RMAs: Negative Experience or Valuable Opportunity?


Reading time ( words)

Returned product is inevitable if you work in manufacturing. That does not imply that it is easy to address. No matter what the reason for the returned material, it disrupts the normal flow of the quality and manufacturing teams. An inspector must first review the defect and agree that it is indeed a defect. This seems like a simple task and can be if the material doesn’t match a customer specific requirement.

However, if the material must adhere to an industry-wide standard, such as an IPC standard in the circuit industry, it becomes a little more tedious. In most cases the manufacturer will be more familiar with the specification than their customer. Also, they are more likely to keep the latest revision of the requirements in their library. This can cause a situation where the customer has identified a reject that isn’t agreed upon when compared to the standard it was built to. Tedious indeed!

As well, there are other cases that have been witnessed by the author that create a lessthan-easy situation. For instance, if the customer sends back rejected material that wasn’t built by your company. This is typically easy to determine by company markings. Or they send back materials that have obviously been damaged by handling at their own facility. It complicates an already difficult process.

How does it happen?

In the flexible circuit industry (and any other industry, for that matter), there are times when all the material delivered to the customer fails to meet the specifications. This can happen for a number of reasons and typically depends on the final inspection process. Two common final inspection processes used are sampling and 100%. When a product utilizes the 100% inspection process, every part that is shipped to your customer will also have been inspected. A sampling process is intuitively a partial inspection, typically 10-25% of the total, and is used on products that have a long history of zero defects.

To read the full version of this article which originally appeared in the April 2018 issue of Flex007 Magazine, click here.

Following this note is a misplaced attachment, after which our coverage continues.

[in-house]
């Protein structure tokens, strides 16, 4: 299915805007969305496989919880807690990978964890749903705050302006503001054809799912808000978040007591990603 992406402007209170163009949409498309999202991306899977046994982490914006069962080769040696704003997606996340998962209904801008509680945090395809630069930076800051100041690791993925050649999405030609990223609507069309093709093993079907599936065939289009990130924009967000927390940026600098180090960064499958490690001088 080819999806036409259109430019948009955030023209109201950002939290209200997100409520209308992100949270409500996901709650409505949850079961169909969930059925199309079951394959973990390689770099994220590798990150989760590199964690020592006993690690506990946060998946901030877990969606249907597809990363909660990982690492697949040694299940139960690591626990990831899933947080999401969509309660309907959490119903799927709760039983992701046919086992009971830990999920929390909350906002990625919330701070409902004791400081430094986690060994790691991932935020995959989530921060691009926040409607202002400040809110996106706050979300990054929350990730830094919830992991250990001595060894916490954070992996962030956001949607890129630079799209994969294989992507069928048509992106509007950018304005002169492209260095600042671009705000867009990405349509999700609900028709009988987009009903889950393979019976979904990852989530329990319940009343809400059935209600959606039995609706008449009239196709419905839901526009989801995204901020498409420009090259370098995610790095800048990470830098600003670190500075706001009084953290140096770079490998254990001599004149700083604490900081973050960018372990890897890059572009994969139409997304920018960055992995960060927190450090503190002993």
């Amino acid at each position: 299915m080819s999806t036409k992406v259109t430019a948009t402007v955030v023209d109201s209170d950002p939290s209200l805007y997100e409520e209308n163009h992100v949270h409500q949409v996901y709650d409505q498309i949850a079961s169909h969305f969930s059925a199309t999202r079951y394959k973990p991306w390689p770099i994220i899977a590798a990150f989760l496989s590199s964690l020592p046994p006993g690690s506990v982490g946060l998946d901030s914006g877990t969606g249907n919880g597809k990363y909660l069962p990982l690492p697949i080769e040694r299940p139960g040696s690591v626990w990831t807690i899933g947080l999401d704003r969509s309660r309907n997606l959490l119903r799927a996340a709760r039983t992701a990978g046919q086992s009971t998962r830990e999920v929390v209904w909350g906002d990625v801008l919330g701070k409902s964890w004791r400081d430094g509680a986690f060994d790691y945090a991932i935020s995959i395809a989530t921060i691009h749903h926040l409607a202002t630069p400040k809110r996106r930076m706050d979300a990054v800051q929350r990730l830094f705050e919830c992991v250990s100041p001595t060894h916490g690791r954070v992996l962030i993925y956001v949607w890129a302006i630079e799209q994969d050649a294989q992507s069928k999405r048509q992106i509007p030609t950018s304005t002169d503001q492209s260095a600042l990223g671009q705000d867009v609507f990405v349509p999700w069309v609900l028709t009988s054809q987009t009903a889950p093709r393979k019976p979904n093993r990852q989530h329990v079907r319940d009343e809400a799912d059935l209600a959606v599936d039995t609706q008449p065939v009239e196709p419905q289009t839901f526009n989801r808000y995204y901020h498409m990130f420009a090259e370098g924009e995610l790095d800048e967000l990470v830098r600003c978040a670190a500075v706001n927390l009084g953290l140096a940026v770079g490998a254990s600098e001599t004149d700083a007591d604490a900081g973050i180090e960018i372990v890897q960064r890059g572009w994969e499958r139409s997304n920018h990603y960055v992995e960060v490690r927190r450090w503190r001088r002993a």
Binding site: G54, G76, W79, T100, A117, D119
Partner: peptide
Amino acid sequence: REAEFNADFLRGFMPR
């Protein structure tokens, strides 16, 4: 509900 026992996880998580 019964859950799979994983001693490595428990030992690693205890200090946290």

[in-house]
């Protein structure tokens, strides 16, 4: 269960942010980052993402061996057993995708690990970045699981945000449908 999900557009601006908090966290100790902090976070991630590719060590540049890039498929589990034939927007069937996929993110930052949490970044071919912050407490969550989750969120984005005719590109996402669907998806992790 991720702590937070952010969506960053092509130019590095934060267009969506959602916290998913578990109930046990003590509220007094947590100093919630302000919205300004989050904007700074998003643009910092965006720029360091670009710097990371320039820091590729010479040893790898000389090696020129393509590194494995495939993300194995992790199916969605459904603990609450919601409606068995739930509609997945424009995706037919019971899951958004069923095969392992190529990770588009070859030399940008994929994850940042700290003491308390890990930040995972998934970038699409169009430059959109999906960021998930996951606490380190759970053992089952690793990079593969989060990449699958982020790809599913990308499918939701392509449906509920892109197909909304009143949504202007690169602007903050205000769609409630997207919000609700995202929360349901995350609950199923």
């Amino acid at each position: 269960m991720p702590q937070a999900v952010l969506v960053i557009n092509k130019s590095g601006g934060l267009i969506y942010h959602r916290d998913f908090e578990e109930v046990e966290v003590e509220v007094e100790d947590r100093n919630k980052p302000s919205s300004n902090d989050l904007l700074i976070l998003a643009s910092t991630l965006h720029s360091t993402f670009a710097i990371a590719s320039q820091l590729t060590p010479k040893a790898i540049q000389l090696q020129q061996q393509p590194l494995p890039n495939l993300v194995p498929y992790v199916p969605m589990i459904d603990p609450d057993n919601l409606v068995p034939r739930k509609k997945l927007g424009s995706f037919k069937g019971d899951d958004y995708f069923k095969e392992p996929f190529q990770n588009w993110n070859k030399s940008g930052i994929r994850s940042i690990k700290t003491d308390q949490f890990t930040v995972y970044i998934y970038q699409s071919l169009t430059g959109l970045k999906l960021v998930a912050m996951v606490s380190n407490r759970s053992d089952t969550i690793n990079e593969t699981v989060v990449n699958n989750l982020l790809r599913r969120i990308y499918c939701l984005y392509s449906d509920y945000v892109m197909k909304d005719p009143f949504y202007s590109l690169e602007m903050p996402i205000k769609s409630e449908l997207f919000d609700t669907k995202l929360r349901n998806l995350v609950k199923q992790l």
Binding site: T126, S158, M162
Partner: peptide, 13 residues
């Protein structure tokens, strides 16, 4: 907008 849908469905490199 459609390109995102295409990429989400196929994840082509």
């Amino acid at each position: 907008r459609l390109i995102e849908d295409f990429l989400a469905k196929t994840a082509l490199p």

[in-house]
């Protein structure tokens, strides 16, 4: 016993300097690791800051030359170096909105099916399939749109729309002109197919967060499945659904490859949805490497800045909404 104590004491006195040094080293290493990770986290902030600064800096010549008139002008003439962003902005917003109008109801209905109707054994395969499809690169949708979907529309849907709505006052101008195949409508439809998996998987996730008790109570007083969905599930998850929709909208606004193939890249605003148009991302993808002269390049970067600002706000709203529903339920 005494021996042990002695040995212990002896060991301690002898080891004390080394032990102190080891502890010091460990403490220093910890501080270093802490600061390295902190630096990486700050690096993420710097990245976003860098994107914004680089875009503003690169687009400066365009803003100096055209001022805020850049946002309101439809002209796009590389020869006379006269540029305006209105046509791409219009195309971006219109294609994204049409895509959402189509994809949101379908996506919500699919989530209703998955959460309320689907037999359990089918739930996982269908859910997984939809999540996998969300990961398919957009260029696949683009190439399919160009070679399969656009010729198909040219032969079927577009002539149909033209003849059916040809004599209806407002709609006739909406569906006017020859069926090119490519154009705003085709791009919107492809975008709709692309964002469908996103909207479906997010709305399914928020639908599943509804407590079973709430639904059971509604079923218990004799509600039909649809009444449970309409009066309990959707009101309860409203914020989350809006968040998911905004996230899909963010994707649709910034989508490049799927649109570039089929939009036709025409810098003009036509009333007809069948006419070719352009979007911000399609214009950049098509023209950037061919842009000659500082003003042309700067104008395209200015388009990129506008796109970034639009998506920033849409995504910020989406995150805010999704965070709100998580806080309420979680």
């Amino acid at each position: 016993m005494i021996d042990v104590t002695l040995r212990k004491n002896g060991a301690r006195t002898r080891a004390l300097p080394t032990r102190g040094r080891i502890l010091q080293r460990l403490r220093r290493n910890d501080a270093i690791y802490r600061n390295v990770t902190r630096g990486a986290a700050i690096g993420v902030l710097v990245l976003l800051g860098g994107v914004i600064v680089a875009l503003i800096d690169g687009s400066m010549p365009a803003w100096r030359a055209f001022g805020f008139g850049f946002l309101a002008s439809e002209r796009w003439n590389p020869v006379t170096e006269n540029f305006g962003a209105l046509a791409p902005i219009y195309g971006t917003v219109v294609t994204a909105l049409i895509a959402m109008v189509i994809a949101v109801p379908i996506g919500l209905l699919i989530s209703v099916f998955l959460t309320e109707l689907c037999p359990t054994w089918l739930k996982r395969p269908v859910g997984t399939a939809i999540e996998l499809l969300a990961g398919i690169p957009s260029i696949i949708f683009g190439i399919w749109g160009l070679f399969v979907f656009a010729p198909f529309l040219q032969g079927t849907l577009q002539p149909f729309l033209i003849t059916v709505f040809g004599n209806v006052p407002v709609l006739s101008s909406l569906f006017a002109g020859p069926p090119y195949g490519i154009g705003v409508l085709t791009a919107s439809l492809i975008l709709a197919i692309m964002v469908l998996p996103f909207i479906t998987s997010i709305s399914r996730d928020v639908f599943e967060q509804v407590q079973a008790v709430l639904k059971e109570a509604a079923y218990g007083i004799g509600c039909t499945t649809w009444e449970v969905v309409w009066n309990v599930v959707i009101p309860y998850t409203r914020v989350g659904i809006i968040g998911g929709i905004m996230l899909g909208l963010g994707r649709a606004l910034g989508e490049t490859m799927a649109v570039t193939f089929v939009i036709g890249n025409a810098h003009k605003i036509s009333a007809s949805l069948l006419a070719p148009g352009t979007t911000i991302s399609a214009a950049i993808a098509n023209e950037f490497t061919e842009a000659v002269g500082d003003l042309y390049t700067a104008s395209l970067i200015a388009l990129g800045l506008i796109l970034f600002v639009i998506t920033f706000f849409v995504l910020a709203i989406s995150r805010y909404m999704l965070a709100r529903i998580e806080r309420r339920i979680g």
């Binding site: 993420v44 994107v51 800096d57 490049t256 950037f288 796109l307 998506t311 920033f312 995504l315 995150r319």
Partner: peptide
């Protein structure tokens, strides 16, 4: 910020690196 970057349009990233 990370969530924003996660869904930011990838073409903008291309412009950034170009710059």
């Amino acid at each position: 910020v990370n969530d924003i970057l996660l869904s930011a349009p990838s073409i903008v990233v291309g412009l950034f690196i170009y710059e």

Share

Print


Suggested Items

Photonics Systems Looks to Expand Its PCB Capabilities

06/17/2019 | Barry Matties, I-Connect007
Pulsed-laser equipment manufacturer Photonics Systems looks to expand its capabilities to the PCB industry. Barry Matties sat down with Antonio Schmidt and Kurt Weber to talk about the company’s transition and the challenges they’ve faced thus far as they continue to build and extend their brand into a new market segment.

Quality by Design

06/14/2019 | Nolan Johnson, I-Connect007
The design team’s files and the accompanying documentation is the real-world implementation plan to turn the OEM’s concepts and marketing research into a viable, physical, competitive product. Unless manufacturing defies the build instructions from the designers, the product will only be as manufacturable as the design files themselves.

Orbotech Celebrates Success of Orbotech Diamond and Discusses Future Trends

05/31/2019 | Barry Matties, I-Connect007
At the recent CPCA Show in Shanghai, Orbotech celebrated having over 100 of their Orbotech Diamond™ direct imaging machines in the marketplace. Barry Matties caught up with Meny Gantz—VP of marketing for Orbotech’s PCB division—to talk about the drivers behind the success of Orbotech Diamond systems before turning the conversation toward the future and Industry 4.0.



Copyright © 2019 I-Connect007. All rights reserved.